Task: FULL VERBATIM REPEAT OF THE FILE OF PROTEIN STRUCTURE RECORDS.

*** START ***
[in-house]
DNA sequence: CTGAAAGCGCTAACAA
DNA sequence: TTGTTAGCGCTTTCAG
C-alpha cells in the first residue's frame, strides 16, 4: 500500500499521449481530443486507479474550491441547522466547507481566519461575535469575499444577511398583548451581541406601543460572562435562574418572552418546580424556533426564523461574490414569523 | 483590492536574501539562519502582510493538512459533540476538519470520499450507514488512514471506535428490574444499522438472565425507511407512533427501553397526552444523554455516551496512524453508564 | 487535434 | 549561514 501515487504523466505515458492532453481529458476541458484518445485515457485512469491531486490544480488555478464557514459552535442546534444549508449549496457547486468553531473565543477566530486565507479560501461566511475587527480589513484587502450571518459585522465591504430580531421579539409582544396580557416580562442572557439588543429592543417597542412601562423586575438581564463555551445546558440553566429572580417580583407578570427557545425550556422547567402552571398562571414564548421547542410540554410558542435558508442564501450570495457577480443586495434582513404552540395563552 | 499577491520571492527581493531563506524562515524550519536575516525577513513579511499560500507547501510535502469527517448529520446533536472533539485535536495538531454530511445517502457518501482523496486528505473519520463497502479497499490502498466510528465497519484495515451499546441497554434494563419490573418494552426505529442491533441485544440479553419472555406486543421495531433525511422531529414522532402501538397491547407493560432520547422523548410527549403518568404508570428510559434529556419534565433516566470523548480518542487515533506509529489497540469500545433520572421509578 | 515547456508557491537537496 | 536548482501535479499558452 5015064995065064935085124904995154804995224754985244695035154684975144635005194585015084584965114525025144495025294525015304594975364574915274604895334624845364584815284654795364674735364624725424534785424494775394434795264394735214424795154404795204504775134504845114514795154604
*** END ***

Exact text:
[in-house]
DNA sequence: CTGAAAGCGCTAACAA
DNA sequence: TTGTTAGCGCTTTCAG
C-alpha cells in the first residue's frame, strides 16, 4: 500500500499521449481530443486507479474550491441547522466547507481566519461575535469575499444577511398583548451581541406601543460572562435562574418572552418546580424556533426564523461574490414569523 | 483590492536574501539562519502582510493538512459533540476538519470520499450507514488512514471506535428490574444499522438472565425507511407512533427501553397526552444523554455516551496512524453508564 | 487535434 | 549561514 501515487504523466505515458492532453481529458476541458484518445485515457485512469491531486490544480488555478464557514459552535442546534444549508449549496457547486468553531473565543477566530486565507479560501461566511475587527480589513484587502450571518459585522465591504430580531421579539409582544396580557416580562442572557439588543429592543417597542412601562423586575438581564463555551445546558440553566429572580417580583407578570427557545425550556422547567402552571398562571414564548421547542410540554410558542435558508442564501450570495457577480443586495434582513404552540395563552 | 499577491520571492527581493531563506524562515524550519536575516525577513513579511499560500507547501510535502469527517448529520446533536472533539485535536495538531454530511445517502457518501482523496486528505473519520463497502479497499490502498466510528465497519484495515451499546441497554434494563419490573418494552426505529442491533441485544440479553419472555406486543421495531433525511422531529414522532402501538397491547407493560432520547422523548410527549403518568404508570428510559434529556419534565433516566470523548480518542487515533506509529489497540469500545433520572421509578 | 515547456508557491537537496 | 536548482501535479499558452 5015064995065064935085124904995154804995224754985244695035154684975144635005194585015084584965114525025144495025294525015304594975364574915274604895334624845364584815284654795364674735364624725424534785424494775394434795264394735214424795154404795204504775134504845114514795154604